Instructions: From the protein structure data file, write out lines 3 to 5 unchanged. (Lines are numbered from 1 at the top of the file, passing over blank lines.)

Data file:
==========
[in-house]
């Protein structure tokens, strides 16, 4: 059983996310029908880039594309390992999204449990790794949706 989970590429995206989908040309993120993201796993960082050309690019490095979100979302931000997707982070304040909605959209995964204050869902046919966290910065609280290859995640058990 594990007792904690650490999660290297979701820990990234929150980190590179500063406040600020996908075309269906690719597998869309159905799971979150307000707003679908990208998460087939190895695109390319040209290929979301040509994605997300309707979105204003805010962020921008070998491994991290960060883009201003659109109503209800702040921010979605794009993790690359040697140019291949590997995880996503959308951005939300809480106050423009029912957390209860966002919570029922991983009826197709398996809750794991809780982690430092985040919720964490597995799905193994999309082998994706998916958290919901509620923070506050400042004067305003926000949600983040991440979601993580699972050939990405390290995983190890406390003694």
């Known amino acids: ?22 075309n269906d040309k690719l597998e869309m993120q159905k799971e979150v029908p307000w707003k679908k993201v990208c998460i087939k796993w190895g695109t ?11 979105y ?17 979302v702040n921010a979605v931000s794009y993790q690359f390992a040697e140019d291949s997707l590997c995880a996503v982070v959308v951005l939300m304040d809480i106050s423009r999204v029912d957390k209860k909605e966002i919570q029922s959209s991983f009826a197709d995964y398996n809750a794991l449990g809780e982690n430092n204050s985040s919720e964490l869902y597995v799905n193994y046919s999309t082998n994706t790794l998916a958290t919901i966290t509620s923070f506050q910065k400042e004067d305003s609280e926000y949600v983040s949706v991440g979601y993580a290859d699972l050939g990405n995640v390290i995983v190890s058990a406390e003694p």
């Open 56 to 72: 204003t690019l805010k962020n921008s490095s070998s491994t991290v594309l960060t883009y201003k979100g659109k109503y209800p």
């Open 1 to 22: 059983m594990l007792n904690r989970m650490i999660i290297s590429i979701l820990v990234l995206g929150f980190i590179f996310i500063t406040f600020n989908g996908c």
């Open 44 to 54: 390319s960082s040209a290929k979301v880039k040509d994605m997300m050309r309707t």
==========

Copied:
């Known amino acids: ?22 075309n269906d040309k690719l597998e869309m993120q159905k799971e979150v029908p307000w707003k679908k993201v990208c998460i087939k796993w190895g695109t ?11 979105y ?17 979302v702040n921010a979605v931000s794009y993790q690359f390992a040697e140019d291949s997707l590997c995880a996503v982070v959308v951005l939300m304040d809480i106050s423009r999204v029912d957390k209860k909605e966002i919570q029922s959209s991983f009826a197709d995964y398996n809750a794991l449990g809780e982690n430092n204050s985040s919720e964490l869902y597995v799905n193994y046919s999309t082998n994706t790794l998916a958290t919901i966290t509620s923070f506050q910065k400042e004067d305003s609280e926000y949600v983040s949706v991440g979601y993580a290859d699972l050939g990405n995640v390290i995983v190890s058990a406390e003694p």
């Open 56 to 72: 204003t690019l805010k962020n921008s490095s070998s491994t991290v594309l960060t883009y201003k979100g659109k109503y209800p």
């Open 1 to 22: 059983m594990l007792n904690r989970m650490i999660i290297s590429i979701l820990v990234l995206g929150f980190i590179f996310i500063t406040f600020n989908g996908c």